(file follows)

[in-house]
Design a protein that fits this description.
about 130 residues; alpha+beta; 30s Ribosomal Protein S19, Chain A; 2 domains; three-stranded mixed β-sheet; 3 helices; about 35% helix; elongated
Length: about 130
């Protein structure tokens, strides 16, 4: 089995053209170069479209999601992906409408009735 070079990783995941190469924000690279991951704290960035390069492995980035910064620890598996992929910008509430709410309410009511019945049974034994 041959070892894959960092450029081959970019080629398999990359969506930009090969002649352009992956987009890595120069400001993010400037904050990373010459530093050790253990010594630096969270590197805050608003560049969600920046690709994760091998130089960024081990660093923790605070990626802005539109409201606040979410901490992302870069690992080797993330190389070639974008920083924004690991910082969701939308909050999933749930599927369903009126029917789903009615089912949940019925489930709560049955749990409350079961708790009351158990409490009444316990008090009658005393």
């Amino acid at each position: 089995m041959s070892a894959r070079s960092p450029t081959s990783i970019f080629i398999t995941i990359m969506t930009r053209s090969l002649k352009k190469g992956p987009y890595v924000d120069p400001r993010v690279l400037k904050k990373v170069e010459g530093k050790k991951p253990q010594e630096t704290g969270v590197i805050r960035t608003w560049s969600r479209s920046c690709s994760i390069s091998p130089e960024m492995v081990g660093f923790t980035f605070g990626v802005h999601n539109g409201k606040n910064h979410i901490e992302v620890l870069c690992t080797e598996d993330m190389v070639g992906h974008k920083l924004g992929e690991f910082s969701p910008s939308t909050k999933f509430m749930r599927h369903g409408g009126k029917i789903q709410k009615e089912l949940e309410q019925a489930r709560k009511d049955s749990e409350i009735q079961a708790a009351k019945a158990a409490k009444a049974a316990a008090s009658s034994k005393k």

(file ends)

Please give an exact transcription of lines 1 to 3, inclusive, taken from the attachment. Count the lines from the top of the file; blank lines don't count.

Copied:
[in-house]
Design a protein that fits this description.
about 130 residues; alpha+beta; 30s Ribosomal Protein S19, Chain A; 2 domains; three-stranded mixed β-sheet; 3 helices; about 35% helix; elongated